By the end of the 16th century, the first child of a young couple belonging to the lower nobility (very low, according to some historians) was born in Seville. The father of the child realised the artistic talent of his firstborn and as time went by, the young artist made history by eventually becoming one of the most famous Sevillian painters in the world. We are of course talking about Diego Velázquez, whose memory is still very much alive in the Andalusian capital. Do you dare to follow his footsteps through different corners of Seville?
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Just like other historical geniuses such as Mozart or Goya, Velázquez’s birthplace is the perfect starting point for a tour of Velázquez’s Seville, which is a great place that reveals the city’s true Golden Age. The house where the Baroque artist spent his early years is located in Padre Luis María Llop Street, in the heart of the old town and just a few minutes walk from the Hostel Central Sevilla. Pay attention to the street signs because this is a house that could easily go unnoticed at first sight.
The Venerable Sacerdotes Hospital
Behind the Cathedral of Seville, in the heart of Santa Cruz district, we can find the Venerables Sacerdotes Hospital, headquarters of the Focus Foundation and the Velázquez Centre. This former hospital for priests is home to some of the most outstanding works by the Sevillian painter. Without a doubt, the jewel in the crown is the canvas painting of Saint Rufina, considered to be one of the master’s best paintings. We should also mention that the building is worth a visit because of its architectural uniqueness and undeniable historical interest. Among its most imposing sections are the vault over the central staircase and the interior courtyard.
The streets of the 17th century Seville
Velázquez lived in Seville until at least 1623. This means that the author of The Surrender of Breda was one of many Sevillians who inhabited the city at its moment of greatest cultural and economic splendour, which was by then approaching its end. A good way to follow the footsteps of Velázquez is to immerse oneself in the streets and urban spaces that the immortal artist was able to take a stroll in.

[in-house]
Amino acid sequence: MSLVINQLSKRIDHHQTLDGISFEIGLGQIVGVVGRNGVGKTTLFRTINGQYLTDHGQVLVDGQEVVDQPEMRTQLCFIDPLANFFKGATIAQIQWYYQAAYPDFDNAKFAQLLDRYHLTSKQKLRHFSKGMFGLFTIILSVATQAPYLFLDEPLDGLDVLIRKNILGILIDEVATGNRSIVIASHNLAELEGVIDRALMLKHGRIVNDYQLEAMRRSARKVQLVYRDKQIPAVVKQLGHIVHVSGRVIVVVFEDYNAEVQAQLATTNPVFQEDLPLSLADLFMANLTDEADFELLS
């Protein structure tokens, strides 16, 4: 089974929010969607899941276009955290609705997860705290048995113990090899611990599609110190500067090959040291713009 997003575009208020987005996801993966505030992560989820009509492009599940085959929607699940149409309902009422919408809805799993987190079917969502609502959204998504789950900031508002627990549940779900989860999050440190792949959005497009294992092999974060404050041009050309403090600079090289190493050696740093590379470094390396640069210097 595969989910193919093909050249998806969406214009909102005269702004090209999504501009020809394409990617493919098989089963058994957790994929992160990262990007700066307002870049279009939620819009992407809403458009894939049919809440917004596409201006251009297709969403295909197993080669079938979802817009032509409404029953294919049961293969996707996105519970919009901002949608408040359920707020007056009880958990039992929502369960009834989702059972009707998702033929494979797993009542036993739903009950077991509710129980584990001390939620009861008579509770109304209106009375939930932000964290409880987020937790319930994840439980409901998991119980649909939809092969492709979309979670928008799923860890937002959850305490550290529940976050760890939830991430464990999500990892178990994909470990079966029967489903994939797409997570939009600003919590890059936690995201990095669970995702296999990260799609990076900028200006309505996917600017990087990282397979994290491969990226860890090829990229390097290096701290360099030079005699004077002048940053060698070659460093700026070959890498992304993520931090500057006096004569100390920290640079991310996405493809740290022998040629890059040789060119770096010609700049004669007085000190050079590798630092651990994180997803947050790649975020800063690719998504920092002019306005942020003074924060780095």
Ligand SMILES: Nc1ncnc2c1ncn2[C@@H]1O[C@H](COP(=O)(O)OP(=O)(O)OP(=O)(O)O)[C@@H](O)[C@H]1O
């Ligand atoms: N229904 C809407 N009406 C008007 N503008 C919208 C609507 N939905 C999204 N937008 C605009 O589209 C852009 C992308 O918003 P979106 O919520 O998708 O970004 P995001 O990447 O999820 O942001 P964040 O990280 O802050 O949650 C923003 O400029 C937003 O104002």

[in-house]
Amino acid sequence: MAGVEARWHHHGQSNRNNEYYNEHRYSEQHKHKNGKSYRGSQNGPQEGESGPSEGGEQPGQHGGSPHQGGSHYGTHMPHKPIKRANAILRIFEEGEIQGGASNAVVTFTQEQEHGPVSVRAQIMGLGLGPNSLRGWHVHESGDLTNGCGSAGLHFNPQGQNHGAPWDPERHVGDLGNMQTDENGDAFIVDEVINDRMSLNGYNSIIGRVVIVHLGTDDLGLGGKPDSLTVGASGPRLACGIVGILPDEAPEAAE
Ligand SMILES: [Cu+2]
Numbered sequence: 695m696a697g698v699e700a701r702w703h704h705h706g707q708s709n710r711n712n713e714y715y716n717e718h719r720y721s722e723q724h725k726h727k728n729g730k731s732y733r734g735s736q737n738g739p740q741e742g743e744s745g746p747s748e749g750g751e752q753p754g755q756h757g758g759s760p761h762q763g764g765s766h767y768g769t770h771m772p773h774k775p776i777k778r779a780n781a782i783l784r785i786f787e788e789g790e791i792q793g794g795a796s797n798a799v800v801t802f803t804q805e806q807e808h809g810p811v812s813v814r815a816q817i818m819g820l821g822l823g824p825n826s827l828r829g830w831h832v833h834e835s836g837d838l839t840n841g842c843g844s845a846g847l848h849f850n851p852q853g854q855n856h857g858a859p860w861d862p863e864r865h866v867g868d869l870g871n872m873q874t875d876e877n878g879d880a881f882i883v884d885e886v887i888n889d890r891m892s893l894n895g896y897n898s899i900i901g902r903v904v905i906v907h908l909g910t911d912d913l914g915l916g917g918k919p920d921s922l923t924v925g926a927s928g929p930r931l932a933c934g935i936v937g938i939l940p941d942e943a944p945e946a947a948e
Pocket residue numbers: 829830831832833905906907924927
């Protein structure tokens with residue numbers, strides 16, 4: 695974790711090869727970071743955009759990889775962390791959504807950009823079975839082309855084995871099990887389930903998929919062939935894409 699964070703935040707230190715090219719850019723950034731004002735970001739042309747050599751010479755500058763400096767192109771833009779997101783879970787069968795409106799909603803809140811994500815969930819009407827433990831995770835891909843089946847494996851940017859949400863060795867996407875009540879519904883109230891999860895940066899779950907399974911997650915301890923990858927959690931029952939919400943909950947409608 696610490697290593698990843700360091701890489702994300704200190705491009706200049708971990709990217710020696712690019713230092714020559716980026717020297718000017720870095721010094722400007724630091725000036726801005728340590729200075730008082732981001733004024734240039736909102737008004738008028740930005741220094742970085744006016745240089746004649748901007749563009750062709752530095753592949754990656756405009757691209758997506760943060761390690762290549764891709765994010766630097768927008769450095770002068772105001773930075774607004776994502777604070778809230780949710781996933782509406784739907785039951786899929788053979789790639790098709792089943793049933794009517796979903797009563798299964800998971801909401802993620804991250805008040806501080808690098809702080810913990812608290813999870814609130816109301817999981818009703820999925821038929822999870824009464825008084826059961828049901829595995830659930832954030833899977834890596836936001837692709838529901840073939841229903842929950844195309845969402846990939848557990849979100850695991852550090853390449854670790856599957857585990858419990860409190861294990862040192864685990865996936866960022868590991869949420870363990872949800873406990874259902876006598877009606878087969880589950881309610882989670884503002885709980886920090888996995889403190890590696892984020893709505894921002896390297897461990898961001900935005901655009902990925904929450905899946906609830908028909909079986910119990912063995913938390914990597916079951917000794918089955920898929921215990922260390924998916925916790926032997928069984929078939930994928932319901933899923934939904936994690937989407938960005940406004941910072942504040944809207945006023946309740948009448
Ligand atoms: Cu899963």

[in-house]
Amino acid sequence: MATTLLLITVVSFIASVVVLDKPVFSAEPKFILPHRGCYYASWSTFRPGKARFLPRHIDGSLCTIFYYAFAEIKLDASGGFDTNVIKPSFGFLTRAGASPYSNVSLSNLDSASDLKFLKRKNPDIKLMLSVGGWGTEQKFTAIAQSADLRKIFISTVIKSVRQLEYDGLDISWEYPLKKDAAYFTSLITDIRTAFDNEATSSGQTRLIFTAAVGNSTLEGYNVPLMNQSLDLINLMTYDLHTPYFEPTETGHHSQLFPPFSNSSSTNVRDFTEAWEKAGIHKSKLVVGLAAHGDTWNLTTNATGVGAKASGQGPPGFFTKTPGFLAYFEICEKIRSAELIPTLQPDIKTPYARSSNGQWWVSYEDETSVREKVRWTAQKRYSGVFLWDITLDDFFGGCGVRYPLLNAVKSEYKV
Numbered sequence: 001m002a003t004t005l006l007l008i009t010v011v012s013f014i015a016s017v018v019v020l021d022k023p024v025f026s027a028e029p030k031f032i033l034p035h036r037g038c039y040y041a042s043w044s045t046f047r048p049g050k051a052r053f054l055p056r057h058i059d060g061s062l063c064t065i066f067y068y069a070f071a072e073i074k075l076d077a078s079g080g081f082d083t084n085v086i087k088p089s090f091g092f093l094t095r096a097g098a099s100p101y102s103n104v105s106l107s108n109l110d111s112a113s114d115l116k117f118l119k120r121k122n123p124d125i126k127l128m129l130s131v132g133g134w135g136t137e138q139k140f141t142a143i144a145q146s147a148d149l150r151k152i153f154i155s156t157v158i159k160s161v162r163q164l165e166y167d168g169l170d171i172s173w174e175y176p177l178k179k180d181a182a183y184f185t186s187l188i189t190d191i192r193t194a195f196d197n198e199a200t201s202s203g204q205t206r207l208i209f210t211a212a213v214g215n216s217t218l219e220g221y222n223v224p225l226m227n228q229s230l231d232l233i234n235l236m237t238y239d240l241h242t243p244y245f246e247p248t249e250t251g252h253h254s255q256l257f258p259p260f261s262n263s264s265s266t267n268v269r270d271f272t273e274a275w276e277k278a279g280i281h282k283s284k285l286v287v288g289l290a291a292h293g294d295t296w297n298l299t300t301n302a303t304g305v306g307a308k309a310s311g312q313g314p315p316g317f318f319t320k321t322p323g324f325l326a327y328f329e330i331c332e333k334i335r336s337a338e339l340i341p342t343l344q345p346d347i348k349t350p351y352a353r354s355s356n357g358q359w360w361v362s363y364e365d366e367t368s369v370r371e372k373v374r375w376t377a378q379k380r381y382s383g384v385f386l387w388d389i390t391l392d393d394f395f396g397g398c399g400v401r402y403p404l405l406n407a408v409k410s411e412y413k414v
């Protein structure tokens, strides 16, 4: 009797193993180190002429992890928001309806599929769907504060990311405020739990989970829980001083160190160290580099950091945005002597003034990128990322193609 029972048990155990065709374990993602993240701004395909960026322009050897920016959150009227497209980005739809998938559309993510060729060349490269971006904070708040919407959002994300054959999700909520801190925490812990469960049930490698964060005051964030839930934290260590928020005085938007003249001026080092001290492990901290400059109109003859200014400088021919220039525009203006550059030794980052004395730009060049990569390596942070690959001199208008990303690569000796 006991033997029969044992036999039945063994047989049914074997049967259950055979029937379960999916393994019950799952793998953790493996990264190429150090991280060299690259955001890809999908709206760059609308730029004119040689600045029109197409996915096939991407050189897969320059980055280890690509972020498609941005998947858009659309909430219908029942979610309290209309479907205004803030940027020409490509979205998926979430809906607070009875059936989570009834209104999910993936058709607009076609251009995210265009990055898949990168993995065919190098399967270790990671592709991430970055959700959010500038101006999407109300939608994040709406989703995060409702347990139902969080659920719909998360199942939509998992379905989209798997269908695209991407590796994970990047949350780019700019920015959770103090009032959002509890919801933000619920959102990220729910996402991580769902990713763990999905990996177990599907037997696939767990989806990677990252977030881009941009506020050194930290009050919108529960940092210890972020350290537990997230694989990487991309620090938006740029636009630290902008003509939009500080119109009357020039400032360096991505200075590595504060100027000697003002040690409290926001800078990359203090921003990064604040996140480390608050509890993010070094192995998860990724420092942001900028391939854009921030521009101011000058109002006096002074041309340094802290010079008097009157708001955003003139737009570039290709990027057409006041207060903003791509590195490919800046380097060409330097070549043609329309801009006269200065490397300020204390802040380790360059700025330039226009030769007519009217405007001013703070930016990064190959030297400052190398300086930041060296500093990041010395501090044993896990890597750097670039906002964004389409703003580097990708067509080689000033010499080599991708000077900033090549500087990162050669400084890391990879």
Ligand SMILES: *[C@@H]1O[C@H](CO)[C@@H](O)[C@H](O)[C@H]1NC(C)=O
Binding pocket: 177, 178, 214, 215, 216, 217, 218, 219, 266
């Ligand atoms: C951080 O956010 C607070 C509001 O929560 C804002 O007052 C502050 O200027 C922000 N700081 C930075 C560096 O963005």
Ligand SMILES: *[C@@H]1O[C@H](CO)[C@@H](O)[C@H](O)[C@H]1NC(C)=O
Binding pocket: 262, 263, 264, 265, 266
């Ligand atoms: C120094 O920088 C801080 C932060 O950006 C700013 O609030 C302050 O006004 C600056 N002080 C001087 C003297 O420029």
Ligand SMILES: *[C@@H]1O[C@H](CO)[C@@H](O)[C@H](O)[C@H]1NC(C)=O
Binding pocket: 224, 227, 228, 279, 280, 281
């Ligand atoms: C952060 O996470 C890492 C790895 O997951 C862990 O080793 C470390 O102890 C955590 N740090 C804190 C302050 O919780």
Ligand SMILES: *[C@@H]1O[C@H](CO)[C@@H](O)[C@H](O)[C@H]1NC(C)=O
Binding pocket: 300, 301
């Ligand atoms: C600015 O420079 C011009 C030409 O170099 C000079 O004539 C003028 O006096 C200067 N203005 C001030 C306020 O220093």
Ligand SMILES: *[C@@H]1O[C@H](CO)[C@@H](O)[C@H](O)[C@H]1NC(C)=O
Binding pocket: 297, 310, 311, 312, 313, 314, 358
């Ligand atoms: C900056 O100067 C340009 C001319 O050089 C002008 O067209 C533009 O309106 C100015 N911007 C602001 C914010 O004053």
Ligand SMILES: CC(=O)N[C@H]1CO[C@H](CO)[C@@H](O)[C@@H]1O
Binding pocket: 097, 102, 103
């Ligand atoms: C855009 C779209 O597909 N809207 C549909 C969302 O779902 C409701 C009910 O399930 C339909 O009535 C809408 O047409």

The streets of Butrón, Ciriaco Esteban, Descalzos and Empecinado still exist today, and in Velázquez’s time they were some of the liveliest streets in Seville, with numerous shops. Special mention should be made of Feria Street, known at the time as Ancha de la Feria, which was one of the longest streets in the city. Would you like to recreate a typical day in the life of Velázquez? Take note of these and the other streets in the old town and plan your route from the Hostel Urban Sevilla.
San Pedro Church
Did you know that the exact date of Velázquez’s baptism is recorded in history but not the date of his birth? It is believed that his birth this took place shortly before he was baptised in the Church of San Pedro, so this is the first Sevillian place that welcomed the future genius. This parish is located next to the square of the same name, near the Setas de Sevilla and a few meters from the artist’s birthplace to which we have already referred. The church boasts a Gothic-Mudejar style and houses a memorial section dedicated to the Velázquez’s baptism. Curiously, its main work of art, the High Altarpiece by Felipe de Ribas, was built shortly after Velázquez left the city.
San Miguel Parish Church
By 1618, Velázquez had already made a name for himself (a year earlier he had passed the tests to join the guild of painters of Seville and in 1618 he completed the painting, Old Woman Frying Eggs, his first great masterpiece). The artist was also maturing in other areas and in May of that same year he married Juana Pacheco in the Parish Church of San Miguel. Unfortunately, when you visit the site where this church used to be, in Plaza del Duque, you will only see a row of houses, since the religious building was demolished between 1868 and 1870.
Plaza del Duque
Now that you’ve come to this beautiful square, take a walk to the centre to have your picture taken next to a bronze statue of Velázquez that rests on a high pedestal. As discerning travellers will note, the sculptor Antonio Susillo was inspired by the artist’s pose in what is arguably his most popular painting, Las Meninas.
Finally, no tour of Velázquez’s Seville is complete without a visit to the Museum of Fine Arts. But be warned; this art gallery only holds two of the artist’s works.